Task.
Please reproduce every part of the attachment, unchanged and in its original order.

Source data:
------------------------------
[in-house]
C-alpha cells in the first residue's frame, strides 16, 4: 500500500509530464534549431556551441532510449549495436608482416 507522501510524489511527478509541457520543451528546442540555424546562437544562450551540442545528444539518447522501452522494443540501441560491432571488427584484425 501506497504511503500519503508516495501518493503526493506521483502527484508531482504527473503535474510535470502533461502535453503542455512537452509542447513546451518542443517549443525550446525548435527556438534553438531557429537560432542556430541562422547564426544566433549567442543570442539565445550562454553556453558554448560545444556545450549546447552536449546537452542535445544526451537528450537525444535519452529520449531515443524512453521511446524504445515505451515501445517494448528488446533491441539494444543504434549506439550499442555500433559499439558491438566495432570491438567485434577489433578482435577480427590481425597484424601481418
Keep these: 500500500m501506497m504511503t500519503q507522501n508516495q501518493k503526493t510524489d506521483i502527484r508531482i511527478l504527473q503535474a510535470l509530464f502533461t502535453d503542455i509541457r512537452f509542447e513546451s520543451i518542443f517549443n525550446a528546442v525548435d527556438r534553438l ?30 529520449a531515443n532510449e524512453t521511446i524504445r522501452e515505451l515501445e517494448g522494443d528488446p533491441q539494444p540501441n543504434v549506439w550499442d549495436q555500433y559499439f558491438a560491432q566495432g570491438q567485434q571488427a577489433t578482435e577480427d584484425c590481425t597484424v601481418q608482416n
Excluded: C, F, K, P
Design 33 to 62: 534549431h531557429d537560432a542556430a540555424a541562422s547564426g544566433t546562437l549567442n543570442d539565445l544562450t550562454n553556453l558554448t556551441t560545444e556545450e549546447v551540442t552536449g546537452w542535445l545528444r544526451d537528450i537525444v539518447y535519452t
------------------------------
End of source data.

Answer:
[in-house]
C-alpha cells in the first residue's frame, strides 16, 4: 500500500509530464534549431556551441532510449549495436608482416 507522501510524489511527478509541457520543451528546442540555424546562437544562450551540442545528444539518447522501452522494443540501441560491432571488427584484425 501506497504511503500519503508516495501518493503526493506521483502527484508531482504527473503535474510535470502533461502535453503542455512537452509542447513546451518542443517549443525550446525548435527556438534553438531557429537560432542556430541562422547564426544566433549567442543570442539565445550562454553556453558554448560545444556545450549546447552536449546537452542535445544526451537528450537525444535519452529520449531515443524512453521511446524504445515505451515501445517494448528488446533491441539494444543504434549506439550499442555500433559499439558491438566495432570491438567485434577489433578482435577480427590481425597484424601481418
Keep these: 500500500m501506497m504511503t500519503q507522501n508516495q501518493k503526493t510524489d506521483i502527484r508531482i511527478l504527473q503535474a510535470l509530464f502533461t502535453d503542455i509541457r512537452f509542447e513546451s520543451i518542443f517549443n525550446a528546442v525548435d527556438r534553438l ?30 529520449a531515443n532510449e524512453t521511446i524504445r522501452e515505451l515501445e517494448g522494443d528488446p533491441q539494444p540501441n543504434v549506439w550499442d549495436q555500433y559499439f558491438a560491432q566495432g570491438q567485434q571488427a577489433t578482435e577480427d584484425c590481425t597484424v601481418q608482416n
Excluded: C, F, K, P
Design 33 to 62: 534549431h531557429d537560432a542556430a540555424a541562422s547564426g544566433t546562437l549567442n543570442d539565445l544562450t550562454n553556453l558554448t556551441t560545444e556545450e549546447v551540442t552536449g546537452w542535445l545528444r544526451d537528450i537525444v539518447y535519452t